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Muddy Trails Enhance OpenStreetMap Data

Last updated on December 27, 2020

Part of my map making workflow that uses OpenStreetMap (OSM) data requires updating the existing data set to be as accurately as possible before exporting the data. The data that I originally loaded into OpenStreetMap for River Bends was based on GPS surveying that I did not long after some new trails were built. Thus, the (prone to error) GPS data was the most accurate data available.

When updating OSM data, one is explicitly permitted to trace Bing imagery to enhance maps. Earlier today while poking around in JOSM (which adds Bing data as a tile so it can be traced) I noticed that the latest imagery for River Bends was taken on March 11, 2012 and most of the recently built single track is now visible. Because of the particularly wet spring here in Southeast Michigan many of the trails were muddy while these photos were taken, resulting in the trails being visible dark marks on the traceable photos.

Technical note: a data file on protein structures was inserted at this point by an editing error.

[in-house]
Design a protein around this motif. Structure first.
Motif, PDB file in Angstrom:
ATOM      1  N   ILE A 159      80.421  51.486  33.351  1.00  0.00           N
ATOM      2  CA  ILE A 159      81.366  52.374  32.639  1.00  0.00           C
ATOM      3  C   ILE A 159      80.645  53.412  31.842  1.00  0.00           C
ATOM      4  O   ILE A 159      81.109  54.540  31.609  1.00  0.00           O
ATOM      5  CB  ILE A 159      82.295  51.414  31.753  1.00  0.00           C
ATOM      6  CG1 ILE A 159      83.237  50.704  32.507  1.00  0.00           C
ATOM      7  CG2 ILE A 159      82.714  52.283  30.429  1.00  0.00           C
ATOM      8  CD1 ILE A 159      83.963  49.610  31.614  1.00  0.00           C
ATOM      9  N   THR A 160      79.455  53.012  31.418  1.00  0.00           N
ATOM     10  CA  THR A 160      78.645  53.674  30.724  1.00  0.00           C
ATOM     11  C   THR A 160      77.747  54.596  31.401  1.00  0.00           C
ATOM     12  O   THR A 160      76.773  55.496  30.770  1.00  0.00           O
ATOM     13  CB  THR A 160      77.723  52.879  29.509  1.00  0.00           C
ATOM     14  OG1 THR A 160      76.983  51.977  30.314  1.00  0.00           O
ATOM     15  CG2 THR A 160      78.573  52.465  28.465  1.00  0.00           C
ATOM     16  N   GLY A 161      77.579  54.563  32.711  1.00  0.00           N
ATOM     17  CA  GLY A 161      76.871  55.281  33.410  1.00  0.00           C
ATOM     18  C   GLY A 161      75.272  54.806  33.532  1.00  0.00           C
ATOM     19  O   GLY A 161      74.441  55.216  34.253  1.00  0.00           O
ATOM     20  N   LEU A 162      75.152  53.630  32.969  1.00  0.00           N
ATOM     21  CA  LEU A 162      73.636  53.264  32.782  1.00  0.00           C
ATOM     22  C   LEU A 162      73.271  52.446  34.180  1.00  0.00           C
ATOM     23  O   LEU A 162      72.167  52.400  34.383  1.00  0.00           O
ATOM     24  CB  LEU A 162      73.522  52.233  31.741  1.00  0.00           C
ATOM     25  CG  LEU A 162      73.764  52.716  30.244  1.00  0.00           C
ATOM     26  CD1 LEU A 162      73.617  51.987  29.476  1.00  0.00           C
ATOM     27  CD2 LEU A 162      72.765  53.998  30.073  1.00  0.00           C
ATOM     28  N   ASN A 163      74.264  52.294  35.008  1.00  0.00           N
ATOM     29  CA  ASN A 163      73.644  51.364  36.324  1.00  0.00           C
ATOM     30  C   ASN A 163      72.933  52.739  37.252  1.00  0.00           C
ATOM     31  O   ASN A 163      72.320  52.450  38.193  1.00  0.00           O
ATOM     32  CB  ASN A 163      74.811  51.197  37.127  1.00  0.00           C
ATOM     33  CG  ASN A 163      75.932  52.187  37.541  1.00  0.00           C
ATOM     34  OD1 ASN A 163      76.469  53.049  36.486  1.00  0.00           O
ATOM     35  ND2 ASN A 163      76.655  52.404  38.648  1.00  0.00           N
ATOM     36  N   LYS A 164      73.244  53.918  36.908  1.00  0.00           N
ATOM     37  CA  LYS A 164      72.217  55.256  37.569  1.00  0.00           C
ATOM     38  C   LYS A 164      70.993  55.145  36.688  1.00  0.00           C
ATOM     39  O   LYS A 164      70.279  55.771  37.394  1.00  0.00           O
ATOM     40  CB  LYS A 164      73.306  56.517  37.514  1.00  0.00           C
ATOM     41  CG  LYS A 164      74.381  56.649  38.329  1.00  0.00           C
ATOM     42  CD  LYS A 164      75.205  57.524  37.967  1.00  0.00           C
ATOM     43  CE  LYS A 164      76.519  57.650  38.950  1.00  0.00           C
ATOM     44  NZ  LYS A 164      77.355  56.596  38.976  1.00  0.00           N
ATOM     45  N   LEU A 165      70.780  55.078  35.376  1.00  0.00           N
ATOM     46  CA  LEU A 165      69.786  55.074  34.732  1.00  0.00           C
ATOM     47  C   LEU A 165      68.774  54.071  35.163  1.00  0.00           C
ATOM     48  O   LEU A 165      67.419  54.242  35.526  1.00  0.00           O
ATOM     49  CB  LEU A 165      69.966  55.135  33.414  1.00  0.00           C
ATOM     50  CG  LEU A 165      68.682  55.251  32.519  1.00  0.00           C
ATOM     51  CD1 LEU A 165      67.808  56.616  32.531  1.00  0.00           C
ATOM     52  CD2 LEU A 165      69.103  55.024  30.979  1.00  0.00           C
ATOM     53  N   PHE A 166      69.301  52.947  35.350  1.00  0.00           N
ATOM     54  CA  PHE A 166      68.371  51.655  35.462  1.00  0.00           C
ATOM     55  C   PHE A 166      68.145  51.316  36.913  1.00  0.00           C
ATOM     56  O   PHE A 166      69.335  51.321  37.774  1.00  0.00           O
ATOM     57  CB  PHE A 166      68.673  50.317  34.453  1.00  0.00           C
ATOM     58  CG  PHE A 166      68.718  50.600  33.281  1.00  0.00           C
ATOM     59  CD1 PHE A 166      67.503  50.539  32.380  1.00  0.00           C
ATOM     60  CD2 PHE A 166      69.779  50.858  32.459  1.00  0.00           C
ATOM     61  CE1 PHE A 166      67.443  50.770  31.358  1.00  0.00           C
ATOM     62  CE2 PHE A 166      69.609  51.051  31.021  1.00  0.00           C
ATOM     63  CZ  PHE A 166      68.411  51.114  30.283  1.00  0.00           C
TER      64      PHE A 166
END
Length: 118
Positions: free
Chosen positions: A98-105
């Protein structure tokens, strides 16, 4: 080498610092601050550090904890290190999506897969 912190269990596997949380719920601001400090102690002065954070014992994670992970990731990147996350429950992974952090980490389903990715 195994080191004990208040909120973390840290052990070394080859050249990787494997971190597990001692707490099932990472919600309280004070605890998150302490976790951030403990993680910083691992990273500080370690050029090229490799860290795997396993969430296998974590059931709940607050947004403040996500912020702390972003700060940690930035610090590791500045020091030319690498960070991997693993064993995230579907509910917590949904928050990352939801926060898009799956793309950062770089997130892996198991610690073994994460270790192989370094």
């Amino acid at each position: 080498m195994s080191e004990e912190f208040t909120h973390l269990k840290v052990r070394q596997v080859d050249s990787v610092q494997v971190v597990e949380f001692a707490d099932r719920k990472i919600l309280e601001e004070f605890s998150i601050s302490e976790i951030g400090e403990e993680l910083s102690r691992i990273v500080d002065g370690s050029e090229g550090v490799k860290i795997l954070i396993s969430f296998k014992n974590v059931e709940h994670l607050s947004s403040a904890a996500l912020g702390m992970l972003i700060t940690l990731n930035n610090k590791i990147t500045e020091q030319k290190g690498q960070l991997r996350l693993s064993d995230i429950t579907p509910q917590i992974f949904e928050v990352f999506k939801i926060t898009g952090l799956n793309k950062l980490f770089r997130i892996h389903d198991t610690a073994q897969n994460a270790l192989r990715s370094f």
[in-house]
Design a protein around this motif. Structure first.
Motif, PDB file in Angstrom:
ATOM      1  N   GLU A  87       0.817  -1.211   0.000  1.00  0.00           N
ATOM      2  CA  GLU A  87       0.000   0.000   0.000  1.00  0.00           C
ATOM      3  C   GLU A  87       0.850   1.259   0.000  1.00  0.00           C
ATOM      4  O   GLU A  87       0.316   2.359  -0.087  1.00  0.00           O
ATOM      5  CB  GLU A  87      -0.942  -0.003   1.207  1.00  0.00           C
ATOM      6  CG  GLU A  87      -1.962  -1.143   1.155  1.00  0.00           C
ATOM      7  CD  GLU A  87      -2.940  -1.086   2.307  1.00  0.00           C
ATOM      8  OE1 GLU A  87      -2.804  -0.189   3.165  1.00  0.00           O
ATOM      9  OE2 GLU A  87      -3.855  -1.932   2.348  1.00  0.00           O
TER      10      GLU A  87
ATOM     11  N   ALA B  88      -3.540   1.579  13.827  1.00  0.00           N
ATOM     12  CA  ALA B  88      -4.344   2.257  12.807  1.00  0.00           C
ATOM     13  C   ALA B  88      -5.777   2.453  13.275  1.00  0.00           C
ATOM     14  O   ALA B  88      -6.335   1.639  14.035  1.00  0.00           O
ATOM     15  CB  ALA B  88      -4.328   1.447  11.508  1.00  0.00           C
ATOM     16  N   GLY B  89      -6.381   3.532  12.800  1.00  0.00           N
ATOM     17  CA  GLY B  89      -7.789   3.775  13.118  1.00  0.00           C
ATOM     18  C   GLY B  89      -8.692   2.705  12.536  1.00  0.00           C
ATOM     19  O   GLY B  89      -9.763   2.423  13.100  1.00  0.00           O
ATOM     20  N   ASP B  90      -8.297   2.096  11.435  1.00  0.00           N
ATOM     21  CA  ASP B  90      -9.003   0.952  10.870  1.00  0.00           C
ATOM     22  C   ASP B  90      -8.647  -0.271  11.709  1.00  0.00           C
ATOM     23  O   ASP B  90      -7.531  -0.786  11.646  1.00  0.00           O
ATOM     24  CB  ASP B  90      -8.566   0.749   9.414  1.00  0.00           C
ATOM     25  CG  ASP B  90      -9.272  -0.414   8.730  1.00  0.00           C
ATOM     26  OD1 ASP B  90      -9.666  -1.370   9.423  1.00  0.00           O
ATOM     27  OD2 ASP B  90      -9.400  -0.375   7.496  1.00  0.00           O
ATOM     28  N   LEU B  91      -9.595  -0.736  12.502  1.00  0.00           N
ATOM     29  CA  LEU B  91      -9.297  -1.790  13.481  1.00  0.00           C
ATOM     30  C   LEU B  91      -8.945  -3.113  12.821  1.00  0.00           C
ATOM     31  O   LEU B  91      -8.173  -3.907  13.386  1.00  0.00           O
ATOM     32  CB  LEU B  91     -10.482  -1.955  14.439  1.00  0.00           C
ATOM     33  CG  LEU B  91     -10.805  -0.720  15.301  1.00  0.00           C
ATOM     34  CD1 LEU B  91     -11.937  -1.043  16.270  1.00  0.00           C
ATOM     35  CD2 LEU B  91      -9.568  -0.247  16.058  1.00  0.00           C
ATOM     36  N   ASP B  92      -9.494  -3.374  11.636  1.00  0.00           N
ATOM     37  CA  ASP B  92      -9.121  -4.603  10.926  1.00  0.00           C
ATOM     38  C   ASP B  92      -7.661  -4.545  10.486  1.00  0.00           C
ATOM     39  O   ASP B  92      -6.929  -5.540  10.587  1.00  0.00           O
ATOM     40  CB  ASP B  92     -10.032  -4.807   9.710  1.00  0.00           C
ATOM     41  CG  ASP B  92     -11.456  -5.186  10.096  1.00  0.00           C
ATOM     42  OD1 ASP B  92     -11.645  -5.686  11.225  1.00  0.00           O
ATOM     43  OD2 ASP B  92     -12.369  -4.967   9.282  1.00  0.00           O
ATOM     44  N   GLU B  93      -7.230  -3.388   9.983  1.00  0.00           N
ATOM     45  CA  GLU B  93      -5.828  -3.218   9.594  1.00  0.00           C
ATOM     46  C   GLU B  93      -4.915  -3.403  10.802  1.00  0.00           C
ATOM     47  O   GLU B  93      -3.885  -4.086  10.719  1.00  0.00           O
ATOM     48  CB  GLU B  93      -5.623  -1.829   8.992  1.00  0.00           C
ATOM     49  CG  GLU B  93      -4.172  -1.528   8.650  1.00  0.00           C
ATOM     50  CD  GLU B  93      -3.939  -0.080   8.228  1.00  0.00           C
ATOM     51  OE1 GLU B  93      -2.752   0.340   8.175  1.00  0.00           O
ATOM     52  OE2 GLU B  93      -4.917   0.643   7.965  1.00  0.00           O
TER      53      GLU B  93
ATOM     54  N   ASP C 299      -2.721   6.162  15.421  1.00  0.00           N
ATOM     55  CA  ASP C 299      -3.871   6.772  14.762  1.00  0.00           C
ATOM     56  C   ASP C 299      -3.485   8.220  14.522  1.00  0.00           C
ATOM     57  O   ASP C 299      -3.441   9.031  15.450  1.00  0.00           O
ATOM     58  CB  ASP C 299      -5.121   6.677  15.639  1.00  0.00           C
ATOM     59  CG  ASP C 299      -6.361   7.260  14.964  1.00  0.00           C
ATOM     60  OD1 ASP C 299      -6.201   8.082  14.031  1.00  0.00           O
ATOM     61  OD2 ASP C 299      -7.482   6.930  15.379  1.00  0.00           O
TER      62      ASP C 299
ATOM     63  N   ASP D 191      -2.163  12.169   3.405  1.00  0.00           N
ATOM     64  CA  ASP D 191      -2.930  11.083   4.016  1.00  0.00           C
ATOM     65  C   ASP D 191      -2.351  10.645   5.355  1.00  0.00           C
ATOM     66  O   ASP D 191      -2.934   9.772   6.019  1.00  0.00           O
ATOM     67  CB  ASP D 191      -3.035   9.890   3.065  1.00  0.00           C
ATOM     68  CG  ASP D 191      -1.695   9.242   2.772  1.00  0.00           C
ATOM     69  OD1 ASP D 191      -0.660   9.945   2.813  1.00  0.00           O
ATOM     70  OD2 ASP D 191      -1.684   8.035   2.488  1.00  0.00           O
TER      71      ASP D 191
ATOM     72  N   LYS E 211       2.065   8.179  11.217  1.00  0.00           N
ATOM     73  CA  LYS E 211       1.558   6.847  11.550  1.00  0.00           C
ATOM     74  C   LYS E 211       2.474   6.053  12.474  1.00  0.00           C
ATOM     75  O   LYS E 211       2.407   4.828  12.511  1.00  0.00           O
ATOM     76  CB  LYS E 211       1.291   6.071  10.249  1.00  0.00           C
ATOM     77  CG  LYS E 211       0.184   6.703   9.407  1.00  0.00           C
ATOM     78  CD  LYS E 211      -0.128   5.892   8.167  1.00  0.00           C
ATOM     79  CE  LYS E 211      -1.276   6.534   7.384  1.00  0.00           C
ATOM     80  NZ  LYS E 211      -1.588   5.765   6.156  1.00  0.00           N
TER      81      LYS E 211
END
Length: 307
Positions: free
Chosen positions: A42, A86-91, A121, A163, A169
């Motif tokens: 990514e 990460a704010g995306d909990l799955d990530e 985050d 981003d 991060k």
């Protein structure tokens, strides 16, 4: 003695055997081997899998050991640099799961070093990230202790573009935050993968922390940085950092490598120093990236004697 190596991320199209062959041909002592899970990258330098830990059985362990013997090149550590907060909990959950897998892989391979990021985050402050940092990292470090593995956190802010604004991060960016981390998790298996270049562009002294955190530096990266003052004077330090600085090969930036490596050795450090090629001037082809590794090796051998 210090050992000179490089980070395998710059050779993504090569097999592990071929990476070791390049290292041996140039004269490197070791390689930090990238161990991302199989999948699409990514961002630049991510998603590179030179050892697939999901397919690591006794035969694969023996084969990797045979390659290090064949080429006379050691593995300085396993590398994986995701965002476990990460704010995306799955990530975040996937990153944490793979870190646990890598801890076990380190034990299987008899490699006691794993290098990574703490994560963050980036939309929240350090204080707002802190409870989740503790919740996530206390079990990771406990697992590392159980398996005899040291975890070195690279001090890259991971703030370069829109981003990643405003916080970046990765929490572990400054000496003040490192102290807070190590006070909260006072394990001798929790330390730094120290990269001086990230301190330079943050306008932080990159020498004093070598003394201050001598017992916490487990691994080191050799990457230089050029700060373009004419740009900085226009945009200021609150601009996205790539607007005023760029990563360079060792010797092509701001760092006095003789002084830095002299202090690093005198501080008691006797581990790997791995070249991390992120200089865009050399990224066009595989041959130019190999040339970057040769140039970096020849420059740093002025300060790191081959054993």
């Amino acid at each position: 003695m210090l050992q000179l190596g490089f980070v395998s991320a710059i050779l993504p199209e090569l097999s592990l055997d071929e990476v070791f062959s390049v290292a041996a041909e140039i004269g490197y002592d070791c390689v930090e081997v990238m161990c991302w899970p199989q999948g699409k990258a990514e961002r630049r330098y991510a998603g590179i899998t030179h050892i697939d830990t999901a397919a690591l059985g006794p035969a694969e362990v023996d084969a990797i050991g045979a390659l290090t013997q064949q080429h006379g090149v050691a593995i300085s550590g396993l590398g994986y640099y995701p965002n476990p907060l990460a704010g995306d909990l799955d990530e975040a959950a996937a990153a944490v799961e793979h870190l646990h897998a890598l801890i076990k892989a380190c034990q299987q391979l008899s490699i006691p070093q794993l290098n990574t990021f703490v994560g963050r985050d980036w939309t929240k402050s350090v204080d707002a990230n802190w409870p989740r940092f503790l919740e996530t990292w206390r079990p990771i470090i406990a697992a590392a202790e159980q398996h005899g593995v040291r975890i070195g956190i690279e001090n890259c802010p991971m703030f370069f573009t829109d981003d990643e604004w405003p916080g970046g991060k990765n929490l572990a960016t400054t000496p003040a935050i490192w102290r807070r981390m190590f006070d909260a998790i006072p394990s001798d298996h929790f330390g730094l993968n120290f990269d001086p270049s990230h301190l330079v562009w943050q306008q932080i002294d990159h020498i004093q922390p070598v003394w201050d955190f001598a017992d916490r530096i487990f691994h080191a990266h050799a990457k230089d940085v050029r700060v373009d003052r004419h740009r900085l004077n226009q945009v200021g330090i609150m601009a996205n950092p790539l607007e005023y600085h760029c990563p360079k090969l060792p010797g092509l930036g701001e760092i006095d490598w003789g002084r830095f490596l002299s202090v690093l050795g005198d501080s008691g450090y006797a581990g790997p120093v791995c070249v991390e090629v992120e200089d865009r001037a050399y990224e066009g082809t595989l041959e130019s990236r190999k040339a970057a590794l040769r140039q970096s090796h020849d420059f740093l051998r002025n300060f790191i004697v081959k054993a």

The image above demonstrates this, showing the imagery date, current OSM data (red dashed line), and the wide/dark lines are the trails themselves. By adjusting the routes to match the imagery I can radically clarify the OSM data, validating and refining routes. River Bends is due for a map update soon after some new trail construction is complete, so this means that the next map of there will be much, much more detailed and accurate. Thanks in large part to a wet, muddy March.

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